“And you think the Pope will concede?”
“He will.” Vibius smiled. “After all, you did promise him the cross.”

“Caesar!” Legatus Constantinus Fulvius of Sicily entered the Conclave’s Chambers in a hurry. He had been at Vibius’s side for most of the Latian campaign, and although the Emperor would not go as far as call him a friend, he trusted the man enough to let him sit on his council.
“What news, Fulvius?”
“Dire ones, Caesar. From Florentiae.”

Vibius frowned. If the Karlings had entered the war, it would mean he had to leave the newly conquered City as soon as possible.

“Speak, Legatus. Don’t keep me in the dark! Do the Carolingians march against us?”
“Not as far as we can tell, Caesar.” Vibius sighed in relief. “But neither has Emperor Tancrad stepped in when the armies of Leon crossed his borders in force, along with the Christian dukes of Cordoba and Zaragoza. They now besiege Florentiae, six thousand men now stand at the walls of the city.”
“Six thousand men?” the Emperor arched and eyebrow.
“Yes, Caesar. With reinforcements coming by ship from the East, as Proconsul Taxiarches’s report tells us.”
“Thank you, Legatus.”

“Uncle, Rome must call on you one last time.”
“I’ll be ready to march within the hour.” Iulius bowed his head as he pounded his chest.
“No, dear uncle, I will march with the armies to rescue Legatus Julian’s garrison.” Vibius expected his predecessor to interrupt him, but Iulius remained silent. “I need you to handle a much more delicate task. I need you to rule Rome.”
“Vibius. I am a general. We can both agree that, given the state of Constantinople’s streets, I have been a poor ruler.”
“You are too modest.” Vibius chuckled for a moment, but soon grew serious. “But Rome is a newly conquered city. I will need you here, making sure it isn’t retaken. And I need the men to see I can win battles, not just fights.”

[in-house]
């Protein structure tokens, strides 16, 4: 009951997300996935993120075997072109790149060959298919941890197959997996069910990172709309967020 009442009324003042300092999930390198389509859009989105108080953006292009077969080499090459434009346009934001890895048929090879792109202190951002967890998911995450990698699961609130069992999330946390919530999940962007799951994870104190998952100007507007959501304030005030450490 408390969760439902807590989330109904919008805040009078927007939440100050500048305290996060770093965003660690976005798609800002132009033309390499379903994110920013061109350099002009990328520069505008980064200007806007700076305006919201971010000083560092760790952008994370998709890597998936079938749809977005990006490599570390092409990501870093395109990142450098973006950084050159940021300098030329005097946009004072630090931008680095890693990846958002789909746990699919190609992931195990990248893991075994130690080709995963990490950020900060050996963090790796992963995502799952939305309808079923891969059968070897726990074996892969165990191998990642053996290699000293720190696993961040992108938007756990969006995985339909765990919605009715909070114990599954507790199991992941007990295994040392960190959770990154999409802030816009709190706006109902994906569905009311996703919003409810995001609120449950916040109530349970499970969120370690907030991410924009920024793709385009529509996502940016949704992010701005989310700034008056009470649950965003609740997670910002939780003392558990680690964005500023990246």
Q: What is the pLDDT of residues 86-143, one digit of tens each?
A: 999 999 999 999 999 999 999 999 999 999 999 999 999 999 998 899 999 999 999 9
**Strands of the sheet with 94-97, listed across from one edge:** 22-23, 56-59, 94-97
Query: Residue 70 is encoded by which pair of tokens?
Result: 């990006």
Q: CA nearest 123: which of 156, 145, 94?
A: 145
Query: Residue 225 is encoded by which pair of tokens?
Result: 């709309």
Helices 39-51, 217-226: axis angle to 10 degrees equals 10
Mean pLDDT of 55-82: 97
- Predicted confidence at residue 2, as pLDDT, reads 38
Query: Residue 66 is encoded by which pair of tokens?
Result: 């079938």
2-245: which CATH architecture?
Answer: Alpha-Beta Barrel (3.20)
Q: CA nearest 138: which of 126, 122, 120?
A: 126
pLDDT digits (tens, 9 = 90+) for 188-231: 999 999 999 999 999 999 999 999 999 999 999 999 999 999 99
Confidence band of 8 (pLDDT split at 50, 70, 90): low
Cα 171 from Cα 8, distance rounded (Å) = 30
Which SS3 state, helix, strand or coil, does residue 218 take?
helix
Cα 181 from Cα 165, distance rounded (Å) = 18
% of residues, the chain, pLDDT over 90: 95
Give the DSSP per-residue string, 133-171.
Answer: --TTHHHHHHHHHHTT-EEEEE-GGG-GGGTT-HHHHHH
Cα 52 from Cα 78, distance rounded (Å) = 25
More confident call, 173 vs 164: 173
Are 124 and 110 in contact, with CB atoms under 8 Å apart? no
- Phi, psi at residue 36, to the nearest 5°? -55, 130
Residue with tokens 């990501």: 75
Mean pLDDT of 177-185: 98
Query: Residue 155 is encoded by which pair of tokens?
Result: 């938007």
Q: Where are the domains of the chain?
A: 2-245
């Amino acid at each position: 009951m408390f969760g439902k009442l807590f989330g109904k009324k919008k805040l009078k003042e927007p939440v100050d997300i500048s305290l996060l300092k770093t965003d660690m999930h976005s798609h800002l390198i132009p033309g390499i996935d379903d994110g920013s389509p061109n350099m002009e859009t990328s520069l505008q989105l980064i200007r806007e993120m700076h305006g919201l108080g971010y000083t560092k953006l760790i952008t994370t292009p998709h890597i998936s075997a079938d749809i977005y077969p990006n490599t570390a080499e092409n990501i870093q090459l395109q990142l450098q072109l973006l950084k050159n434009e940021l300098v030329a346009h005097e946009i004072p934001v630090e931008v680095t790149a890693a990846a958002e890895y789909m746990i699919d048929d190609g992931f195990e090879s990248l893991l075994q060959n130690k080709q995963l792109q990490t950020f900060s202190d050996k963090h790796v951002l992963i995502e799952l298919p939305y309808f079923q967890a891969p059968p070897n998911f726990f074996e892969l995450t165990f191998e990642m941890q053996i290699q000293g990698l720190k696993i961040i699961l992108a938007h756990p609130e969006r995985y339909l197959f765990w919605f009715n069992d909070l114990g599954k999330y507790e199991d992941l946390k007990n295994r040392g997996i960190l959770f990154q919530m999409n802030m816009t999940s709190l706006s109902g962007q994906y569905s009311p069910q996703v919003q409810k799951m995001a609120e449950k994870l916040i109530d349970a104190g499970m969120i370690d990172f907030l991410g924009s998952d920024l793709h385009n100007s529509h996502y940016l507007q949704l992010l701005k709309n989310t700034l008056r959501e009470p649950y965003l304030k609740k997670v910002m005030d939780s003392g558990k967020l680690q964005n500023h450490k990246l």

Iulius gazed in his nephew’s eyes for a long time. He was right. The men of Rome needed to see their Imperator step out of the Red Eagle of Lartius’s shadow.

ZtKpLPh.jpg


“Mars, grant me strength. Minerva, grant me wisdom. Jupiter, grant me victory. CHARGE MEN, FOR ROME!”

Vibius’s men unleashed hell at his signal, the best of the heavy legionary cavalry riding at his side towards the papal army. The Roman infantry had met the armies of the Christian Pact straight on, their shields thundering like Jupiter’s own bolts when they had smashed against the enemies’. The Emperor had kept his own cavalry hidden from the enemy scouts, and it now cleaved through enemy lines with ease, the Pope’s own light horsemen unable to compete with the armored knights that followed Vibius. The christians’ tried to halt the cavalry’s advance, reforming a shieldwall to face the new arrivals. History might be written by the victors, yet the skill of King Gundemar’s generals was undeniable, and they managed for a while to stop the Romans’ advance, standing shoulder against shoulder with their men, breaking their spears against the horse’s cataphract armor.

Vibius was in the heart of the melee when he gestured his signifer to sound the war horn. At the instrument’s clear note a second wave of Roman cavalry charged the christian army, assaulting them from the feebly defended left flank. Blood began to flow, and Thanatos reaped a good harvest that day. The rest of the battle was a massacre. The christian horsemen soon fled, abandoning the archers to be slaughtered by the Roman skirmishers. The footmen themselves realized that their situation was desperate and tried to turn on their heels and run, but most of them ended up crushed between the flanks of Vibius’s army, that had already by that point almost encircled them. The King of Leon was not ready to sound the full on retreat, and the young Emperor, skilled though he might have been in the art of War, still had to learn how to win a battle without turning it into a carnage.

The Battle for Florentiae was not yet over, but as Vibius hightailed through the field, his golden scale coat gleaming, his helm’s crest flowing in the wind, mingling with his crimson cape, everyone understood that the War for Rome’s soul had ended. The young Lartius really looked like a Hero out of epic poems as he raised his sword high in the sky, it’s blade shining brightly despite the blood that tarnished it. The onlookers later told of how the Roman Emperor had on that day wielded a bolt of lightning that Jupiter Himself had given him.

ZtKpLPh.jpg